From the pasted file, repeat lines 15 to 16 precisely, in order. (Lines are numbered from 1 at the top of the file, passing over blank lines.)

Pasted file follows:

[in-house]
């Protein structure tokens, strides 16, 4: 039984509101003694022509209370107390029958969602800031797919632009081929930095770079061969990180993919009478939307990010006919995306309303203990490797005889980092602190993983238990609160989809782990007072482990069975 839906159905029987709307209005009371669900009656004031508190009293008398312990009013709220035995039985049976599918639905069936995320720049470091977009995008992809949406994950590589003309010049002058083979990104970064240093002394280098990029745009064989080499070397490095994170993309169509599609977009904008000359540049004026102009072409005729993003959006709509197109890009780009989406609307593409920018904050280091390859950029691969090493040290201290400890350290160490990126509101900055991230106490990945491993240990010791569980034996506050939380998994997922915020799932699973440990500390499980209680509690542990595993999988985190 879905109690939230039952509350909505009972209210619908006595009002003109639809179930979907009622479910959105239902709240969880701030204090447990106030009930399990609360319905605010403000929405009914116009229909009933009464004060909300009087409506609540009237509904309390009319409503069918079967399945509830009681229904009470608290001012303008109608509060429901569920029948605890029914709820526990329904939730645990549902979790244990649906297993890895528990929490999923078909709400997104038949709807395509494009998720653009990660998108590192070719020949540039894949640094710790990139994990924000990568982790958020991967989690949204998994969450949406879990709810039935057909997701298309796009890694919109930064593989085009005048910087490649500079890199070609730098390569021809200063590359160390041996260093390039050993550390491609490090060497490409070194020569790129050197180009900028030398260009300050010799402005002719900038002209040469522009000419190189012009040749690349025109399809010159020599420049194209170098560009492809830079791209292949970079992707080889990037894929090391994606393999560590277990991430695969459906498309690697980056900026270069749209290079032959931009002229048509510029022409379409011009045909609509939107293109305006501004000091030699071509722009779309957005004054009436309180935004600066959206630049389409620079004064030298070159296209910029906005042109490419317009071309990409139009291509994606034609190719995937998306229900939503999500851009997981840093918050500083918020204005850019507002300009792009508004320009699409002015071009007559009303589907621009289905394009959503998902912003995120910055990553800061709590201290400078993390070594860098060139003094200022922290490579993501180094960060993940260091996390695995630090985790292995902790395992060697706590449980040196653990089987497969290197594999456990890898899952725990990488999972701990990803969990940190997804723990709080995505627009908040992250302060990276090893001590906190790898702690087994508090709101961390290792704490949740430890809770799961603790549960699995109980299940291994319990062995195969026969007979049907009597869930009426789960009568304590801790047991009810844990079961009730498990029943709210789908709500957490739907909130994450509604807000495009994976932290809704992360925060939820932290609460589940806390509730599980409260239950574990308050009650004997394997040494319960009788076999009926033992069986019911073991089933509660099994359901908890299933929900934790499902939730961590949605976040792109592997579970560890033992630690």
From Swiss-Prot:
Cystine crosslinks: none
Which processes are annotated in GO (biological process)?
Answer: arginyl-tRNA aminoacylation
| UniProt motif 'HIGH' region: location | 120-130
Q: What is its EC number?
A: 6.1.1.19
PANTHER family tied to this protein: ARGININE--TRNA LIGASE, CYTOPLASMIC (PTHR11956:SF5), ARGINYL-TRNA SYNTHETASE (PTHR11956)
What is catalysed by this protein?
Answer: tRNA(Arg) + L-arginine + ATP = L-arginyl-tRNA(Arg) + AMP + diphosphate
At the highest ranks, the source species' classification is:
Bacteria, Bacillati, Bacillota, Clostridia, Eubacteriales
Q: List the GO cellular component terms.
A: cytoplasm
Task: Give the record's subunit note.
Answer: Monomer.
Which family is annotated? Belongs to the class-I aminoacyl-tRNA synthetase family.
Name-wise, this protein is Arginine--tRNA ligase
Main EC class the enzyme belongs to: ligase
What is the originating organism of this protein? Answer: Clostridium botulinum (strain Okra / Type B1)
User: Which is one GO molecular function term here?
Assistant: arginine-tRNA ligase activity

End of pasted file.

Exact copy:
Q: List the GO cellular component terms.
A: cytoplasm